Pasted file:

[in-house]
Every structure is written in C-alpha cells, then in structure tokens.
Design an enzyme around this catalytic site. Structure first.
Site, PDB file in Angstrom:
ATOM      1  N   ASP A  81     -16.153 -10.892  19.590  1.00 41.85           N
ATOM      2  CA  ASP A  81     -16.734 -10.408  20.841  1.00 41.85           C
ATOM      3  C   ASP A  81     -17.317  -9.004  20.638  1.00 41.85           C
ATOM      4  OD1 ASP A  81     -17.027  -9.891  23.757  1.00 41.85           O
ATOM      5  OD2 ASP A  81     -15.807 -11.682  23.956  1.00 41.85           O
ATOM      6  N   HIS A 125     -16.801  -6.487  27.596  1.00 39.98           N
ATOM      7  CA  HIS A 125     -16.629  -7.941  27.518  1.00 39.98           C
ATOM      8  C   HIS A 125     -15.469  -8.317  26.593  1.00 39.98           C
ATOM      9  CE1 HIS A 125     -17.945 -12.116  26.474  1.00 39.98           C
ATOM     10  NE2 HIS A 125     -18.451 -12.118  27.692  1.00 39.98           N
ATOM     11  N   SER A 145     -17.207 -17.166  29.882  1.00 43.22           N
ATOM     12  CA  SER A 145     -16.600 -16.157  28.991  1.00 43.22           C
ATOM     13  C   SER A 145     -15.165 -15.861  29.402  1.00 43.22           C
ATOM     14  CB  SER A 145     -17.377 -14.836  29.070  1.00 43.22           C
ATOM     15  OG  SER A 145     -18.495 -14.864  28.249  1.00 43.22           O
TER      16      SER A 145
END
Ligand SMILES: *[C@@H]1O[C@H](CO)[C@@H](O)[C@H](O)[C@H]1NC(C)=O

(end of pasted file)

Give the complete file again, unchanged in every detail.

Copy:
[in-house]
Every structure is written in C-alpha cells, then in structure tokens.
Design an enzyme around this catalytic site. Structure first.
Site, PDB file in Angstrom:
ATOM      1  N   ASP A  81     -16.153 -10.892  19.590  1.00 41.85           N
ATOM      2  CA  ASP A  81     -16.734 -10.408  20.841  1.00 41.85           C
ATOM      3  C   ASP A  81     -17.317  -9.004  20.638  1.00 41.85           C
ATOM      4  OD1 ASP A  81     -17.027  -9.891  23.757  1.00 41.85           O
ATOM      5  OD2 ASP A  81     -15.807 -11.682  23.956  1.00 41.85           O
ATOM      6  N   HIS A 125     -16.801  -6.487  27.596  1.00 39.98           N
ATOM      7  CA  HIS A 125     -16.629  -7.941  27.518  1.00 39.98           C
ATOM      8  C   HIS A 125     -15.469  -8.317  26.593  1.00 39.98           C
ATOM      9  CE1 HIS A 125     -17.945 -12.116  26.474  1.00 39.98           C
ATOM     10  NE2 HIS A 125     -18.451 -12.118  27.692  1.00 39.98           N
ATOM     11  N   SER A 145     -17.207 -17.166  29.882  1.00 43.22           N
ATOM     12  CA  SER A 145     -16.600 -16.157  28.991  1.00 43.22           C
ATOM     13  C   SER A 145     -15.165 -15.861  29.402  1.00 43.22           C
ATOM     14  CB  SER A 145     -17.377 -14.836  29.070  1.00 43.22           C
ATOM     15  OG  SER A 145     -18.495 -14.864  28.249  1.00 43.22           O
TER      16      SER A 145
END
Ligand SMILES: *[C@@H]1O[C@H](CO)[C@@H](O)[C@H](O)[C@H]1NC(C)=O